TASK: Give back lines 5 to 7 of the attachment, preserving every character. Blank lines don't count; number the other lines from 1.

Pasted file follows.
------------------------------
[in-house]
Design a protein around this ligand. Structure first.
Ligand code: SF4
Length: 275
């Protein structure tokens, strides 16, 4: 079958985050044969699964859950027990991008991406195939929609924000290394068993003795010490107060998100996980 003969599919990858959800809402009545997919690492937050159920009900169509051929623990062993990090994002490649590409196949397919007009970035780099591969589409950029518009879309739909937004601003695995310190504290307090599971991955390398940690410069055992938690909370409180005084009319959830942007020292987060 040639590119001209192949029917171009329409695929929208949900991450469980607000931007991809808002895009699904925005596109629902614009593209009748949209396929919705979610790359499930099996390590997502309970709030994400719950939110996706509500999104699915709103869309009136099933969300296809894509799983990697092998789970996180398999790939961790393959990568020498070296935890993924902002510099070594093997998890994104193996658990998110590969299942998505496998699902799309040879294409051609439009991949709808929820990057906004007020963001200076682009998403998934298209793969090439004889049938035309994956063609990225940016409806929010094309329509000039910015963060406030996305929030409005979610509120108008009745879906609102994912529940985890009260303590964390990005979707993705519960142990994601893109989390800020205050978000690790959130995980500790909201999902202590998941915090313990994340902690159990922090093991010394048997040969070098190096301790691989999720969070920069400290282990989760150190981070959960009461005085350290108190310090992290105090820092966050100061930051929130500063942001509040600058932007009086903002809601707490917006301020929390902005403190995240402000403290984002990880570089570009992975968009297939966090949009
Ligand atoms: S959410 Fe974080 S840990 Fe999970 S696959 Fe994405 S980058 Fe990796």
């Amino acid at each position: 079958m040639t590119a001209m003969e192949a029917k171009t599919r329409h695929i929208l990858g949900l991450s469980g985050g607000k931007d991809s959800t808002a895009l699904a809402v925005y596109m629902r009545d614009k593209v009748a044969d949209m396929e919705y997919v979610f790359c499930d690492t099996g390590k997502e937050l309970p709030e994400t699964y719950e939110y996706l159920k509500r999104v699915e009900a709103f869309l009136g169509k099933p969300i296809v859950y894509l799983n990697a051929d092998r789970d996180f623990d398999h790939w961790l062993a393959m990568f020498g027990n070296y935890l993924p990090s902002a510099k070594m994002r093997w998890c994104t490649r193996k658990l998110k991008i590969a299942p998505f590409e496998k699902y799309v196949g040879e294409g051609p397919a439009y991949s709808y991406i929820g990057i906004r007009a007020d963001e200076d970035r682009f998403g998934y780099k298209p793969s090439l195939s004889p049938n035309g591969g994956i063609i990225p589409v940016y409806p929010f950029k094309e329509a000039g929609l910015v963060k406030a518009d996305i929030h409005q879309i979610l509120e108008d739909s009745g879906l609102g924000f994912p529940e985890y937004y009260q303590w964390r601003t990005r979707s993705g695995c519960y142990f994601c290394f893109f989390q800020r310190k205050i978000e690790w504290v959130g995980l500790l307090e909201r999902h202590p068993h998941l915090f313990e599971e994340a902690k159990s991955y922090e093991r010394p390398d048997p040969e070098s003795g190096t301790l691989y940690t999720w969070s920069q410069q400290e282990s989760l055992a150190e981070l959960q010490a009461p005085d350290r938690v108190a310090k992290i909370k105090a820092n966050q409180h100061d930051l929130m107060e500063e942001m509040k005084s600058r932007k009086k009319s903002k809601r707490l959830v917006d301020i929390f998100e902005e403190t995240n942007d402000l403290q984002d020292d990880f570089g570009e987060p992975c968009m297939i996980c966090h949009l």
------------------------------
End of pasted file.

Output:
């Protein structure tokens, strides 16, 4: 079958985050044969699964859950027990991008991406195939929609924000290394068993003795010490107060998100996980 003969599919990858959800809402009545997919690492937050159920009900169509051929623990062993990090994002490649590409196949397919007009970035780099591969589409950029518009879309739909937004601003695995310190504290307090599971991955390398940690410069055992938690909370409180005084009319959830942007020292987060 040639590119001209192949029917171009329409695929929208949900991450469980607000931007991809808002895009699904925005596109629902614009593209009748949209396929919705979610790359499930099996390590997502309970709030994400719950939110996706509500999104699915709103869309009136099933969300296809894509799983990697092998789970996180398999790939961790393959990568020498070296935890993924902002510099070594093997998890994104193996658990998110590969299942998505496998699902799309040879294409051609439009991949709808929820990057906004007020963001200076682009998403998934298209793969090439004889049938035309994956063609990225940016409806929010094309329509000039910015963060406030996305929030409005979610509120108008009745879906609102994912529940985890009260303590964390990005979707993705519960142990994601893109989390800020205050978000690790959130995980500790909201999902202590998941915090313990994340902690159990922090093991010394048997040969070098190096301790691989999720969070920069400290282990989760150190981070959960009461005085350290108190310090992290105090820092966050100061930051929130500063942001509040600058932007009086903002809601707490917006301020929390902005403190995240402000403290984002990880570089570009992975968009297939966090949009
Ligand atoms: S959410 Fe974080 S840990 Fe999970 S696959 Fe994405 S980058 Fe990796």
């Amino acid at each position: 079958m040639t590119a001209m003969e192949a029917k171009t599919r329409h695929i929208l990858g949900l991450s469980g985050g607000k931007d991809s959800t808002a895009l699904a809402v925005y596109m629902r009545d614009k593209v009748a044969d949209m396929e919705y997919v979610f790359c499930d690492t099996g390590k997502e937050l309970p709030e994400t699964y719950e939110y996706l159920k509500r999104v699915e009900a709103f869309l009136g169509k099933p969300i296809v859950y894509l799983n990697a051929d092998r789970d996180f623990d398999h790939w961790l062993a393959m990568f020498g027990n070296y935890l993924p990090s902002a510099k070594m994002r093997w998890c994104t490649r193996k658990l998110k991008i590969a299942p998505f590409e496998k699902y799309v196949g040879e294409g051609p397919a439009y991949s709808y991406i929820g990057i906004r007009a007020d963001e200076d970035r682009f998403g998934y780099k298209p793969s090439l195939s004889p049938n035309g591969g994956i063609i990225p589409v940016y409806p929010f950029k094309e329509a000039g929609l910015v963060k406030a518009d996305i929030h409005q879309i979610l509120e108008d739909s009745g879906l609102g924000f994912p529940e985890y937004y009260q303590w964390r601003t990005r979707s993705g695995c519960y142990f994601c290394f893109f989390q800020r310190k205050i978000e690790w504290v959130g995980l500790l307090e909201r999902h202590p068993h998941l915090f313990e599971e994340a902690k159990s991955y922090e093991r010394p390398d048997p040969e070098s003795g190096t301790l691989y940690t999720w969070s920069q410069q400290e282990s989760l055992a150190e981070l959960q010490a009461p005085d350290r938690v108190a310090k992290i909370k105090a820092n966050q409180h100061d930051l929130m107060e500063e942001m509040k005084s600058r932007k009086k009319s903002k809601r707490l959830v917006d301020i929390f998100e902005e403190t995240n942007d402000l403290q984002d020292d990880f570089g570009e987060p992975c968009m297939i996980c966090h949009l």